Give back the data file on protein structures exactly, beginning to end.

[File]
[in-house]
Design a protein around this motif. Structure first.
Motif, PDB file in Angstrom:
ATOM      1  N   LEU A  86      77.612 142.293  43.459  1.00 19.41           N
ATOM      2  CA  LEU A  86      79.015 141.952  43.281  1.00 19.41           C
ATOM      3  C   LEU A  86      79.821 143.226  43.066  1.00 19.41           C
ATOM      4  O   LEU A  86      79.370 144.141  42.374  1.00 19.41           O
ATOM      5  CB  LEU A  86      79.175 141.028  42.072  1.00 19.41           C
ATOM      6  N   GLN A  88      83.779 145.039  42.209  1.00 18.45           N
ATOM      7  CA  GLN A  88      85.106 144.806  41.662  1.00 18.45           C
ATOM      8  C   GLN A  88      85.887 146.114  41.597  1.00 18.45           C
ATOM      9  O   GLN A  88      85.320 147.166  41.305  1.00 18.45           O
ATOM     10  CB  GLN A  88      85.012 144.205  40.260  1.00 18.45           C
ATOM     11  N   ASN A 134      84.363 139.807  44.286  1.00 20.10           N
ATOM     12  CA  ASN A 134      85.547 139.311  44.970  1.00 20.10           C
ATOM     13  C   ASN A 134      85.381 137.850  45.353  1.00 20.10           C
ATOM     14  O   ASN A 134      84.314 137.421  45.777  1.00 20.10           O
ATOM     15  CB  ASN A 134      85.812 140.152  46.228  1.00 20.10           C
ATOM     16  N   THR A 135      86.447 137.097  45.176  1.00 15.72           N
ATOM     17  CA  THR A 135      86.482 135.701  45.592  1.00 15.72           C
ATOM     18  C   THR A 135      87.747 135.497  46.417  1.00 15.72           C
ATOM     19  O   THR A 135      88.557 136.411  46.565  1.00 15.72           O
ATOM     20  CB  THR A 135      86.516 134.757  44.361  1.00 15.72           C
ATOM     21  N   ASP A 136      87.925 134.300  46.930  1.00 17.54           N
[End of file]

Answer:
[in-house]
Design a protein around this motif. Structure first.
Motif, PDB file in Angstrom:
ATOM      1  N   LEU A  86      77.612 142.293  43.459  1.00 19.41           N
ATOM      2  CA  LEU A  86      79.015 141.952  43.281  1.00 19.41           C
ATOM      3  C   LEU A  86      79.821 143.226  43.066  1.00 19.41           C
ATOM      4  O   LEU A  86      79.370 144.141  42.374  1.00 19.41           O
ATOM      5  CB  LEU A  86      79.175 141.028  42.072  1.00 19.41           C
ATOM      6  N   GLN A  88      83.779 145.039  42.209  1.00 18.45           N
ATOM      7  CA  GLN A  88      85.106 144.806  41.662  1.00 18.45           C
ATOM      8  C   GLN A  88      85.887 146.114  41.597  1.00 18.45           C
ATOM      9  O   GLN A  88      85.320 147.166  41.305  1.00 18.45           O
ATOM     10  CB  GLN A  88      85.012 144.205  40.260  1.00 18.45           C
ATOM     11  N   ASN A 134      84.363 139.807  44.286  1.00 20.10           N
ATOM     12  CA  ASN A 134      85.547 139.311  44.970  1.00 20.10           C
ATOM     13  C   ASN A 134      85.381 137.850  45.353  1.00 20.10           C
ATOM     14  O   ASN A 134      84.314 137.421  45.777  1.00 20.10           O
ATOM     15  CB  ASN A 134      85.812 140.152  46.228  1.00 20.10           C
ATOM     16  N   THR A 135      86.447 137.097  45.176  1.00 15.72           N
ATOM     17  CA  THR A 135      86.482 135.701  45.592  1.00 15.72           C
ATOM     18  C   THR A 135      87.747 135.497  46.417  1.00 15.72           C
ATOM     19  O   THR A 135      88.557 136.411  46.565  1.00 15.72           O
ATOM     20  CB  THR A 135      86.516 134.757  44.361  1.00 15.72           C
ATOM     21  N   ASP A 136      87.925 134.300  46.930  1.00 17.54           N